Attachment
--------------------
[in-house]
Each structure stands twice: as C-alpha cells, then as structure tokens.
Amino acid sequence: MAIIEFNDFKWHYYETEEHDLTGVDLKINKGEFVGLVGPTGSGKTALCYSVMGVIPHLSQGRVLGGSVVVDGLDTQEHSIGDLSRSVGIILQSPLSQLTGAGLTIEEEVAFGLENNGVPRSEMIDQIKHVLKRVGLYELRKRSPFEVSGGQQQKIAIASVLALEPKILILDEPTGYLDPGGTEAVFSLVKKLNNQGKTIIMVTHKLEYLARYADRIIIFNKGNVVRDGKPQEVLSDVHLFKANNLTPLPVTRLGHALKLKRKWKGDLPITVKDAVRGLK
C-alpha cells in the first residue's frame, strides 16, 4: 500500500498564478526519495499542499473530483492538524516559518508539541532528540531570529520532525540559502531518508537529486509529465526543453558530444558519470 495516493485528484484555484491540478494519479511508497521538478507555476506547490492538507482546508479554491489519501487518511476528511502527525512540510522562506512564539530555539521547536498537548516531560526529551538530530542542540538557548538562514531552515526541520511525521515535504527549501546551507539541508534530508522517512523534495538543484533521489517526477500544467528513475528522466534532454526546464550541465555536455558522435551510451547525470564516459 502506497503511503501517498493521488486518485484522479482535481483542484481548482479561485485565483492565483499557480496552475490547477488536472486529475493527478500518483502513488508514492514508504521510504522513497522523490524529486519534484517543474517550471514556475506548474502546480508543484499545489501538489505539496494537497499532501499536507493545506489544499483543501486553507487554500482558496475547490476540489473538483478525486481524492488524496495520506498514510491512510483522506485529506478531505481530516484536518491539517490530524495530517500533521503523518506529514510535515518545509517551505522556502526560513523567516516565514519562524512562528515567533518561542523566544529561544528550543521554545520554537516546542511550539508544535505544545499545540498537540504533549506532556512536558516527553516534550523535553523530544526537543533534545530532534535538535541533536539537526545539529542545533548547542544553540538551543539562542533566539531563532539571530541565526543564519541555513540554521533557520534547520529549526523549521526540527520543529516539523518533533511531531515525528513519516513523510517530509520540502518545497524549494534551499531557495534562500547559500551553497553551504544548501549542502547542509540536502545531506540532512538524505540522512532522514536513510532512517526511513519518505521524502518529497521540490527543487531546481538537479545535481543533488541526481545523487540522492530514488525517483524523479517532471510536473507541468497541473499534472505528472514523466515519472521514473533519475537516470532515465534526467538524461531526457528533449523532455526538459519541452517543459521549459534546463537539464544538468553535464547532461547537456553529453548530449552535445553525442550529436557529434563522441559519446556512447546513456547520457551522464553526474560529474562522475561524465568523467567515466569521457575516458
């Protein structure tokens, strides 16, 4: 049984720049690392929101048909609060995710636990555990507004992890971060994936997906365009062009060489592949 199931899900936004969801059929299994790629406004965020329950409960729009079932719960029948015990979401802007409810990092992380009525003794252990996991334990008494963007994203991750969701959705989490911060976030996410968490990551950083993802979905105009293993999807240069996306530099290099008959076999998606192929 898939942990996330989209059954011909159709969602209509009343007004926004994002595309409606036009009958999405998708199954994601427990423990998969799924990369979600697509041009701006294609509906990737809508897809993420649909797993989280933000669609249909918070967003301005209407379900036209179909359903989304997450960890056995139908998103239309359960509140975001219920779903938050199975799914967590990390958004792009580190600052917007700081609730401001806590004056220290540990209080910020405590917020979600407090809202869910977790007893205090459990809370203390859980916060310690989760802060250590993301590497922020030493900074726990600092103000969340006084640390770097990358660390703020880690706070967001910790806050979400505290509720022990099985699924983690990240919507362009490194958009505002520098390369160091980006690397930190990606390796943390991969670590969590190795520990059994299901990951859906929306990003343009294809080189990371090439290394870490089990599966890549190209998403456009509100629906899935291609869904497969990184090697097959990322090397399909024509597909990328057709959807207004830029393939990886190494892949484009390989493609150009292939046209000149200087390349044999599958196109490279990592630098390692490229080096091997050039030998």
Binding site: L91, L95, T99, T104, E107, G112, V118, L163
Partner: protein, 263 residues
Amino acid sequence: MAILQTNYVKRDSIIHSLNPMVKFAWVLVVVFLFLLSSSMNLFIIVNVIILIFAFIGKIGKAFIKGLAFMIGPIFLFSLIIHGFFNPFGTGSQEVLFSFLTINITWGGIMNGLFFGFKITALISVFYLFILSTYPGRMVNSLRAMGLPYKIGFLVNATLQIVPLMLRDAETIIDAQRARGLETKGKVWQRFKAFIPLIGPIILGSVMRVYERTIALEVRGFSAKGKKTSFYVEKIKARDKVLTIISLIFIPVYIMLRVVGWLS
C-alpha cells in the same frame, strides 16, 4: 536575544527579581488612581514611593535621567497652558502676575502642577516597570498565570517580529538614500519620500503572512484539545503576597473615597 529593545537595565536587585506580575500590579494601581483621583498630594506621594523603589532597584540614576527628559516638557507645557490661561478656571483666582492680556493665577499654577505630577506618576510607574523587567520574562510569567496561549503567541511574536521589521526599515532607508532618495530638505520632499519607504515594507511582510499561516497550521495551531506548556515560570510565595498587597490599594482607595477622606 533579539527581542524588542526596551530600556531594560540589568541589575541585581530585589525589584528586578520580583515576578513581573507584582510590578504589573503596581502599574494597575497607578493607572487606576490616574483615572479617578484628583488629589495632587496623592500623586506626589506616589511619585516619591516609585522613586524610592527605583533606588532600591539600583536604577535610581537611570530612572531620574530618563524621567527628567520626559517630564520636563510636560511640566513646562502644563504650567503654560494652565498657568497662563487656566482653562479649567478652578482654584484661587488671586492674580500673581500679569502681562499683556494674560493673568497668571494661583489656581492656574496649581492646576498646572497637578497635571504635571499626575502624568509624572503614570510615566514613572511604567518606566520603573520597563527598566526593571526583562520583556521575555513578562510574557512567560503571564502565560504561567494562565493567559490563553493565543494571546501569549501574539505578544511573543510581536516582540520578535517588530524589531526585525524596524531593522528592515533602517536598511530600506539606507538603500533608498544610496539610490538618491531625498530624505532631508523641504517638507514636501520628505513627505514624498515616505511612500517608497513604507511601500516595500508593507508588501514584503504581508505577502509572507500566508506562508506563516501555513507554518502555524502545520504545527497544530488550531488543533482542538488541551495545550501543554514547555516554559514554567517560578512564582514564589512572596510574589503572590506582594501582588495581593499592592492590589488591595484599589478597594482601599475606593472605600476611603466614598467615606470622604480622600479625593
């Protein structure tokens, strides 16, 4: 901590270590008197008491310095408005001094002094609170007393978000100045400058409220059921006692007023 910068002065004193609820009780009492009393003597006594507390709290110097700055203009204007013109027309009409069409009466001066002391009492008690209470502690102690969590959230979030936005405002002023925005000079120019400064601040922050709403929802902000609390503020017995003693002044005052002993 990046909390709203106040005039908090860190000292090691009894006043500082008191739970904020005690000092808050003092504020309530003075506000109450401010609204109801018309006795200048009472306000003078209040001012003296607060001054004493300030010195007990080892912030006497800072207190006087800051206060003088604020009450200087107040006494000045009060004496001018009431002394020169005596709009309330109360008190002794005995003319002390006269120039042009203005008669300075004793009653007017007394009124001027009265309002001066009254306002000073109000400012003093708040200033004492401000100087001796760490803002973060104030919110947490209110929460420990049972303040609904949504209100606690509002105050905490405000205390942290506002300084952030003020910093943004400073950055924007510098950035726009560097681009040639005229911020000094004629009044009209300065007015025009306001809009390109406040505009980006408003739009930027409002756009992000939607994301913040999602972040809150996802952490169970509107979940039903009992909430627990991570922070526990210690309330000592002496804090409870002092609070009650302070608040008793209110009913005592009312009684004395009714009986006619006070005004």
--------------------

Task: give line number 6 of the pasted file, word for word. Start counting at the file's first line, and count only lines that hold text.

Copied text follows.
Binding site: L91, L95, T99, T104, E107, G112, V118, L163